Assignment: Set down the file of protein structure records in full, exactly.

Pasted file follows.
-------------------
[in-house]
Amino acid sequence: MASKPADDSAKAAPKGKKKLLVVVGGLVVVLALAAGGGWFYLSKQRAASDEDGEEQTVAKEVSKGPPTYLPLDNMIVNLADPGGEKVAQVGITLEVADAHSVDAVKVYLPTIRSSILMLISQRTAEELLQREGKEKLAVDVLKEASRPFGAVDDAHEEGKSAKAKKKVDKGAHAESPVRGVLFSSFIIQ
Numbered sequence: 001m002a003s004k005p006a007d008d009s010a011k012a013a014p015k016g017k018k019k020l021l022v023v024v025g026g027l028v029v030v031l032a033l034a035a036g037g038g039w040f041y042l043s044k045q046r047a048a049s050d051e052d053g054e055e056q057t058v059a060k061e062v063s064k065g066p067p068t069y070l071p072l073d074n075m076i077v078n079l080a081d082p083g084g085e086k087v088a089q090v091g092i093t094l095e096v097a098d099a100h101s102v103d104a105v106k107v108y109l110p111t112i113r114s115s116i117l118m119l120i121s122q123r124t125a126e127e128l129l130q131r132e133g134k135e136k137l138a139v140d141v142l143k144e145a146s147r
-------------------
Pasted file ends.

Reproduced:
[in-house]
Amino acid sequence: MASKPADDSAKAAPKGKKKLLVVVGGLVVVLALAAGGGWFYLSKQRAASDEDGEEQTVAKEVSKGPPTYLPLDNMIVNLADPGGEKVAQVGITLEVADAHSVDAVKVYLPTIRSSILMLISQRTAEELLQREGKEKLAVDVLKEASRPFGAVDDAHEEGKSAKAKKKVDKGAHAESPVRGVLFSSFIIQ
Numbered sequence: 001m002a003s004k005p006a007d008d009s010a011k012a013a014p015k016g017k018k019k020l021l022v023v024v025g026g027l028v029v030v031l032a033l034a035a036g037g038g039w040f041y042l043s044k045q046r047a048a049s050d051e052d053g054e055e056q057t058v059a060k061e062v063s064k065g066p067p068t069y070l071p072l073d074n075m076i077v078n079l080a081d082p083g084g085e086k087v088a089q090v091g092i093t094l095e096v097a098d099a100h101s102v103d104a105v106k107v108y109l110p111t112i113r114s115s116i117l118m119l120i121s122q123r124t125a126e127e128l129l130q131r132e133g134k135e136k137l138a139v140d141v142l143k144e145a146s147r